# Harmonic oscillator – three lowest stationary states

Required math: calculus

Required physics: Schrödinger equation

Reference: Griffiths, David J. (2005), Introduction to Quantum Mechanics, 2nd Edition; Pearson Education – Problem 2.10.

We’ve seen that the stationary states of the harmonic oscillator can be generated using the raising operator starting with the ground state. The process involves the spadework of calculating the derivative of each function to find the next one, which after the first few gets to be quite tedious.

We’ve seen that the ground state is

$\displaystyle \psi_{0}=\left(\frac{m\omega}{\pi\hbar}\right)^{1/4}e^{-m\omega x^{2}/2\hbar} \ \ \ \ \ (1)$

The raising operator is

 $\displaystyle a_{+}$ $\displaystyle =$ $\displaystyle \frac{1}{\sqrt{2\hbar m\omega}}\left[-ip+m\omega x\right]\ \ \ \ \ (2)$ $\displaystyle$ $\displaystyle =$ $\displaystyle \frac{1}{\sqrt{2\hbar m\omega}}\left[-\hbar\frac{d}{dx}+m\omega x\right] \ \ \ \ \ (3)$

Applying this to the ground state we can generate the first two excited states (I cheated and used Maple to do the derivatives, and also to calculate the normalization constant by doing the integral. We get

$\displaystyle \psi_{1}=\frac{\sqrt{2}}{\pi^{1/4}}\left(\frac{m\omega}{\hbar}\right)^{3/4}xe^{-m\omega x^{2}/2\hbar} \ \ \ \ \ (4)$

To find ${\psi_{2}}$ we start with ${\psi_{1}}$ and apply the raising operator again:

 $\displaystyle \psi_{2}(x)$ $\displaystyle =$ $\displaystyle A_{2}a_{+}\psi_{1}(x)\ \ \ \ \ (5)$ $\displaystyle$ $\displaystyle =$ $\displaystyle A_{2}\left(\frac{m\omega}{\pi\hbar}\right)^{1/4}\left(\frac{2m\omega}{\hbar}\right)^{1/2}\frac{1}{\sqrt{2\hbar m\omega}}(-ip+m\omega x)(xe^{-m\omega x^{2}/2\hbar})\ \ \ \ \ (6)$ $\displaystyle$ $\displaystyle =$ $\displaystyle A_{2}\left(\frac{m\omega}{\pi\hbar}\right)^{1/4}\left(2\frac{m\omega}{\hbar}x^{2}-1\right)e^{-m\omega x^{2}/2\hbar} \ \ \ \ \ (7)$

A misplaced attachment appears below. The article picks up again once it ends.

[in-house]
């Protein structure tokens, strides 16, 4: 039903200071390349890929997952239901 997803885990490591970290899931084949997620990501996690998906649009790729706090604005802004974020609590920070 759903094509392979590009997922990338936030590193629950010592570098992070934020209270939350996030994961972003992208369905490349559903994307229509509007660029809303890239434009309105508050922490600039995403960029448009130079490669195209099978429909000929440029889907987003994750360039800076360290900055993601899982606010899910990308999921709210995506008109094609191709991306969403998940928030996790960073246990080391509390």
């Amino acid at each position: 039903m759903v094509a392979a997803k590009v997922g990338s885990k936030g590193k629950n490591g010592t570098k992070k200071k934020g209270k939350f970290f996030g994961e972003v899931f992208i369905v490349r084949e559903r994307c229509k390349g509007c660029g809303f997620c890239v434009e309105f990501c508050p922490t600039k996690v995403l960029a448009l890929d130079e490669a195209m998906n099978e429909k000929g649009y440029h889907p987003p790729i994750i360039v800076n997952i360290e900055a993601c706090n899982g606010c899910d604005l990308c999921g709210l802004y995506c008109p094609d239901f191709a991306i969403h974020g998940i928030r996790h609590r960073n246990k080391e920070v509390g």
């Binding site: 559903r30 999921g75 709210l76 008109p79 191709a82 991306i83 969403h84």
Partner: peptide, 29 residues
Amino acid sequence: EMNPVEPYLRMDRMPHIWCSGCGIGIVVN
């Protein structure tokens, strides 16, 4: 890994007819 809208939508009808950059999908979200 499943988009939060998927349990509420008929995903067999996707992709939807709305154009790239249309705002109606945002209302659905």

where we have used ${p=(h/i)\partial/\partial x}$.

By normalizing this function (use Maple to do the integral), we find ${A_{2}=1/\sqrt{2}}$.

We can sketch the first three stationary states (not to scale) and get something like this, with ${\psi_{0}}$ in red, ${\psi_{1}}$ in green and ${\psi_{2}}$ in blue:

We note that since ${x}$ is an odd function, and ${e^{-ax^{2}}}$ and any constant are both even functions, and that the integral over any interval symmetric about the origin of an odd function multiplied by an even function is zero, then we can see that ${\psi_{0}}$ and ${\psi_{2}}$ are even, and ${\psi_{1}}$ is odd. Therefore, ${\psi_{1}}$ is automatically orthogonal to both ${\psi_{0}}$ and ${\psi_{2}}$ so the only thing that needs to be checked is that ${\psi_{0}}$ and ${\psi_{2}}$ are mutually orthogonal. This can be checked in Maple, by integrating with respect to ${x}$ and using ‘assuming positive’ to make all the other constants positive. Defining ${a=m\omega/2\hbar}$, the integral we need to do is

$\displaystyle \int_{-\infty}^{\infty}\left(4ax^{2}-1\right)e^{-2ax^{2}}dx \ \ \ \ \ (8)$

and this in fact zero.